A pathogen that’s deadly to some native trees has been found in 10 Illinois counties, including St. Clair and Monroe.
Agricultural officials found Phytophthora ramorum, which causes sudden oak death, on some ornamental plants from big-box garden centers around the state. The pathogen causes dark brown spots on the leaves and branch tips of rhododendron, azalia and lilac, but it is deadly for oaks and certain other tree species.
“There’s no cause for panic just yet,” said Diane Plewa, director and diagnostician at the University of Illinois Plant Clinic, adding that officials have not found the plant disease in any oak trees yet.
Investigators first discovered the pathogen on rhododendrons at a Walmart in Indiana. The infected plants came from nurseries in the Northwest and were distributed from Parkhill Plants in Oklahoma. Eighteen states, including Illinois, received infected plants. Missouri agriculture officials confirmed they also found the pathogen in the state and say they’ll release more information later this week.
The Illinois Department of Agriculture and the U.S. Department of Agriculture are working together to find and account for all the plants carrying the pathogen.
Plewa said impacted plants could include rhododendrons or lilacs purchased in 2019 from Walmart, Hy-Vee or Rural King that show symptoms. She added plants must fit all of that criteria, since the symptoms of brown spots on leaves are common from other problems, such as a harsh winter.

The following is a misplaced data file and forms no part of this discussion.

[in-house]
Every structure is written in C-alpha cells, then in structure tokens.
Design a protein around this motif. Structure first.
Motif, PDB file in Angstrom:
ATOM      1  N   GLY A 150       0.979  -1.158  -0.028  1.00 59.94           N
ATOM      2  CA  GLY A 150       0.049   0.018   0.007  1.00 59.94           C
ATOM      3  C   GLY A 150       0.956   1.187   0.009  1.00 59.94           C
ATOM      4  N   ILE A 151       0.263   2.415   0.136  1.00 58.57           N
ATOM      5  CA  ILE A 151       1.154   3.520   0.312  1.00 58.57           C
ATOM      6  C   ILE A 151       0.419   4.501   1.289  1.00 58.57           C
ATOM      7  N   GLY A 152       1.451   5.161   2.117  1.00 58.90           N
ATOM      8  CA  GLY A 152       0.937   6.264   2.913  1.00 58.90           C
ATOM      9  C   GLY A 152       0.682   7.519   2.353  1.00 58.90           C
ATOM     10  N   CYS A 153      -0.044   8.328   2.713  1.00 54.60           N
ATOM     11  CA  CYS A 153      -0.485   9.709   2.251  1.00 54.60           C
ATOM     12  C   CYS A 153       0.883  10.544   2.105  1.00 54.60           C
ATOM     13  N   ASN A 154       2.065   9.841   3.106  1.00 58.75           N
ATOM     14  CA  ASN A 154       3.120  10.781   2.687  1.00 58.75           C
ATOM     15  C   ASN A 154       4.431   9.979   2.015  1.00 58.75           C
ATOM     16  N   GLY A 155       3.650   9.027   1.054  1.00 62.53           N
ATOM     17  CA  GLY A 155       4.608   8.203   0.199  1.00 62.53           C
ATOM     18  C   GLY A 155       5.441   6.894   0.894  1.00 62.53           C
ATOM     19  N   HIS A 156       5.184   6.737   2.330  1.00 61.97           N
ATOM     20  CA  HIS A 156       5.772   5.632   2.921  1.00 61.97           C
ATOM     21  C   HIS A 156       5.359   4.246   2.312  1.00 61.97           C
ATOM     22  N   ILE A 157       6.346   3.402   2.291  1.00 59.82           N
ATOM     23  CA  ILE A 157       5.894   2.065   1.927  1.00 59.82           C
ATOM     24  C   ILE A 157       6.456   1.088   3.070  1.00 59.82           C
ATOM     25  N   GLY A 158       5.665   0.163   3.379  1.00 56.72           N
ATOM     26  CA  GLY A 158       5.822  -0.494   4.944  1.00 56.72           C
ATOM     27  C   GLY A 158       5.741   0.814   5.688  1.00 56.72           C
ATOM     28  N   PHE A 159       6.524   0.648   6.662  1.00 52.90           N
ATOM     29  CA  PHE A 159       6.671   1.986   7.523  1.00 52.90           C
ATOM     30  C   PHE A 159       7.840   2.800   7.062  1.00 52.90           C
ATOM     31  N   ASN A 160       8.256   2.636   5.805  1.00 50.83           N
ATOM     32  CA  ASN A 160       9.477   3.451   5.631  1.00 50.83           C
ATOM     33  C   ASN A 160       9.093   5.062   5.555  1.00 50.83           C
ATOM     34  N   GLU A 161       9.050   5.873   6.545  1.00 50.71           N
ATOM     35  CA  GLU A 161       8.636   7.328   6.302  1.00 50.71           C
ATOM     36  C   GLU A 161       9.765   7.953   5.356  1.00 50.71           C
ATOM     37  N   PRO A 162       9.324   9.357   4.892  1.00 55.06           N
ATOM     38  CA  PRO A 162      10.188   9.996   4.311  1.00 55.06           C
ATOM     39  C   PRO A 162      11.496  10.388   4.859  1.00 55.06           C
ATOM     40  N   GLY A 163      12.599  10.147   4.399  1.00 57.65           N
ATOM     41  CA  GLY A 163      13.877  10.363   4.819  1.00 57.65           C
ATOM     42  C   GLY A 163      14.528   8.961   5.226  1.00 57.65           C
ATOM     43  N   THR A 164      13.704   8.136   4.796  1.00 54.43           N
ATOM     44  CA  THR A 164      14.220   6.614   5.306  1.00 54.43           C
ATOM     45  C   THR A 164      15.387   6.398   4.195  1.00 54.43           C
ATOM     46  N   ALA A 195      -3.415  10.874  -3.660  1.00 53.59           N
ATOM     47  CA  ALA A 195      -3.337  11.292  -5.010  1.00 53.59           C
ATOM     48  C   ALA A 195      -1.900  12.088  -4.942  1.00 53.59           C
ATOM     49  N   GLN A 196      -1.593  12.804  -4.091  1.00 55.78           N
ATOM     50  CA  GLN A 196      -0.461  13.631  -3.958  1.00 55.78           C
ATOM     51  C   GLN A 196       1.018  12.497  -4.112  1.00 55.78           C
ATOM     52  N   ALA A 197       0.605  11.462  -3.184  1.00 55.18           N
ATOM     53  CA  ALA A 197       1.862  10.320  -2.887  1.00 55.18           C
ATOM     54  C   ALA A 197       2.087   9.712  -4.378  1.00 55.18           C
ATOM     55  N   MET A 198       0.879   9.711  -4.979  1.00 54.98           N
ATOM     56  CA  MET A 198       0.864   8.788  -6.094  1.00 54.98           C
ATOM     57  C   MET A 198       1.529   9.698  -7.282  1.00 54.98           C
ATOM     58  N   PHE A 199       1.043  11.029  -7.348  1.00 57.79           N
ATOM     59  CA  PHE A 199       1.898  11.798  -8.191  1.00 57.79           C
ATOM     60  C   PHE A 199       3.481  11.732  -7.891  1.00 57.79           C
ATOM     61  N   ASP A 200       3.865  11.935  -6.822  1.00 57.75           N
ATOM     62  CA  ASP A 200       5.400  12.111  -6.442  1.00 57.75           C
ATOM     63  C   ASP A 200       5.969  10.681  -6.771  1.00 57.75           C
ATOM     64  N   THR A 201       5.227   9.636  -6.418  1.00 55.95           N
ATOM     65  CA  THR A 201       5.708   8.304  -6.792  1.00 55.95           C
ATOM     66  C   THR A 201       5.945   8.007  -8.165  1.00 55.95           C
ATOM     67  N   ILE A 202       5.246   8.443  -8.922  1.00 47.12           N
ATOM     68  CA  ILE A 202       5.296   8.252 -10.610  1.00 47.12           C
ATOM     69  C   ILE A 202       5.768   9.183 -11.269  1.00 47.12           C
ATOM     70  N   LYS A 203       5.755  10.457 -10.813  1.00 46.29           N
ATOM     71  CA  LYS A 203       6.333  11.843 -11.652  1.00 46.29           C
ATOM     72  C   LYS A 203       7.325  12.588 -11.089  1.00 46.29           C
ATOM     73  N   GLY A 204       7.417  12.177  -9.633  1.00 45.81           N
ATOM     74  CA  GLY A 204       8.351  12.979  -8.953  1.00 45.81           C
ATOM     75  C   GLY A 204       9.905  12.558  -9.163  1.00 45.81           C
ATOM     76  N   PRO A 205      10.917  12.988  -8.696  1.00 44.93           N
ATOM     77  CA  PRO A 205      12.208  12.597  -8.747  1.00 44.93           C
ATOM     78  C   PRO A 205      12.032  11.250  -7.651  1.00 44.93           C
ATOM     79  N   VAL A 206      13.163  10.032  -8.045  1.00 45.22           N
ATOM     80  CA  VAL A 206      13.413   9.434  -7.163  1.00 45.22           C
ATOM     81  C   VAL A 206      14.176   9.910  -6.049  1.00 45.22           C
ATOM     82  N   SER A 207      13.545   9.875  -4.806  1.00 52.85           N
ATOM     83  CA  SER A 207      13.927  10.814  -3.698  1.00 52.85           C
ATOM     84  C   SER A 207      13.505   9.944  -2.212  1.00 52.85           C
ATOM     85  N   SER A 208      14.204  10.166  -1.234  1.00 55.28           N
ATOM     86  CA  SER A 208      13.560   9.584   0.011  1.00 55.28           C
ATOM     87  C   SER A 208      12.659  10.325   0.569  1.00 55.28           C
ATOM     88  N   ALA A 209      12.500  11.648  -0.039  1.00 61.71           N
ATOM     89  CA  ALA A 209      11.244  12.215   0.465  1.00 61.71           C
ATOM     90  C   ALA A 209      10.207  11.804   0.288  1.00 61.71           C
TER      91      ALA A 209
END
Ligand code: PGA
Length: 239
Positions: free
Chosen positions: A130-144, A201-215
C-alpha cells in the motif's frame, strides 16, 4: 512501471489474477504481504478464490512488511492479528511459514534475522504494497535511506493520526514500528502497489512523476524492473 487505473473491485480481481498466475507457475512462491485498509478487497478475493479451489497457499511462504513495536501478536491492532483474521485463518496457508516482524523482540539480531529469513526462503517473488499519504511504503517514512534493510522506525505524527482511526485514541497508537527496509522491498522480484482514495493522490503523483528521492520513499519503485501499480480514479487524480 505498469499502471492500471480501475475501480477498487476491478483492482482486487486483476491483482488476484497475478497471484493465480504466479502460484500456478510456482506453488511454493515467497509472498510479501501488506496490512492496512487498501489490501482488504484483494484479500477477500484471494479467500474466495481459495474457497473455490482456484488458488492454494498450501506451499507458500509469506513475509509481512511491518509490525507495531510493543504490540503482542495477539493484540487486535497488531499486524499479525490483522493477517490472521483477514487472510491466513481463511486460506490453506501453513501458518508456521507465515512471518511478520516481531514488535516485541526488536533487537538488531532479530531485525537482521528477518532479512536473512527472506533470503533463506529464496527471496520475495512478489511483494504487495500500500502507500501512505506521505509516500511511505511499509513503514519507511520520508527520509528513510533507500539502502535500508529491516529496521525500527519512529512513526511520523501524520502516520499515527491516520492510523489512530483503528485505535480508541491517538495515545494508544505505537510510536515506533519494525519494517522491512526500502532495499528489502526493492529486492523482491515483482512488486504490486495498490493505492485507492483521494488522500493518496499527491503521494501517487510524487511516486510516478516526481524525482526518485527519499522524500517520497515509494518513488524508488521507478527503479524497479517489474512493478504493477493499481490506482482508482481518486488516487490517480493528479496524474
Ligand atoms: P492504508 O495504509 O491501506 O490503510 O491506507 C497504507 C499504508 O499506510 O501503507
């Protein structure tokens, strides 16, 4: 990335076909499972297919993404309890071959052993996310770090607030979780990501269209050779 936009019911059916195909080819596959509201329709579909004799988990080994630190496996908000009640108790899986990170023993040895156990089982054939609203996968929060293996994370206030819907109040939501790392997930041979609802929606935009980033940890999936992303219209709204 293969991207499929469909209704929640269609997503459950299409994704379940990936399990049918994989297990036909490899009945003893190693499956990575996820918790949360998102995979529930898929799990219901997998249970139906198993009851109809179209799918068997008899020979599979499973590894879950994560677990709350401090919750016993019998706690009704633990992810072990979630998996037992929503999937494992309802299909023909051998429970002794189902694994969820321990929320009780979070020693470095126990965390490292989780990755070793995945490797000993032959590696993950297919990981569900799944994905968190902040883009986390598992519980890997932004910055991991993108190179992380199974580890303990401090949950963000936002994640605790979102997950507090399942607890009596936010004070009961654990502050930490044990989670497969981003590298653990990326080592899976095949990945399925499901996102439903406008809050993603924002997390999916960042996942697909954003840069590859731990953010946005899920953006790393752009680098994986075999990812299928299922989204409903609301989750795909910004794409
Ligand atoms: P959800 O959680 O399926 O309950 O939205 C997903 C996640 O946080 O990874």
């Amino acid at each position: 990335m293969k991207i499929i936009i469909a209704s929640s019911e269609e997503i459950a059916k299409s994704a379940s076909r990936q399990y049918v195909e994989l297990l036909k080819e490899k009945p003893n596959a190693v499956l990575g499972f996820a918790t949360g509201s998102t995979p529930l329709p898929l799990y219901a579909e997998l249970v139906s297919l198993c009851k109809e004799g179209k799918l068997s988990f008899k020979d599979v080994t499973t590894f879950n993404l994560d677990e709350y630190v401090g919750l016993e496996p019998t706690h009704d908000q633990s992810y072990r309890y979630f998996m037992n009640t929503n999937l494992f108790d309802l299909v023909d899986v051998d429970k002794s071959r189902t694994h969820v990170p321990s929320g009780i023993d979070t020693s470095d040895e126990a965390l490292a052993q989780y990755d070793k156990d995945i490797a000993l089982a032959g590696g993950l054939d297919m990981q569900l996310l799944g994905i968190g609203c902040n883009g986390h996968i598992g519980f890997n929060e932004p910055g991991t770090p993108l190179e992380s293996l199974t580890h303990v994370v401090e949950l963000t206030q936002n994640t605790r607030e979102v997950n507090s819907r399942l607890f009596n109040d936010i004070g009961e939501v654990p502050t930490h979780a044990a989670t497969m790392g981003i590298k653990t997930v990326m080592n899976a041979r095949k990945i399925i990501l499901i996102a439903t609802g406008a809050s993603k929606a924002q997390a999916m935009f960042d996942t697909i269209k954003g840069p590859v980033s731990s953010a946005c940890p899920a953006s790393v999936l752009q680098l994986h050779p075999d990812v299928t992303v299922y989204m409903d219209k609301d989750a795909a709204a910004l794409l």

Illinois Department of Agriculture Plant and Pesticide Specialist Supervisor Scott Schirmer said even though the pathogen has made its way to the state, that doesn’t mean it will take root. He compared the situation to flu season.
“We have the influenza virus floating around all over the place, but it doesn’t become the flu until it’s in a person,” he said. “The pathogen is here. It hasn’t gotten into oak trees yet.”
Agricultural officials intend to keep it that way and block it from establishing in the region. Schirmer said the pathogen moves easily through soil and water, but Illinois’ climate may stymie it.
“From a biological standpoint, there is potential hope that this pathogen won’t be able to survive in Illinois,” he said. “It is primarily thriving on the West Coast.”
Plewa agreed and said assessment maps show that most areas in the state are lower risk.
“We don’t tend to have native forested areas that would have the hosts that are the most susceptible to this disease,” she said. “The biggest concern would be if this pathogen escaped into, let’s say, the Appalachian Mountain region, or some of the native forests further east.”
This story was first published by St. Louis Public Radio.org. It is reprinted here with their permission. Eric Schmid covers the metro-east for St. Louis Public Radio as part of the journalism grant program Report for America, an initiative of The GroundTruth Project. Follow Eric on Twitter: @EricDSchmid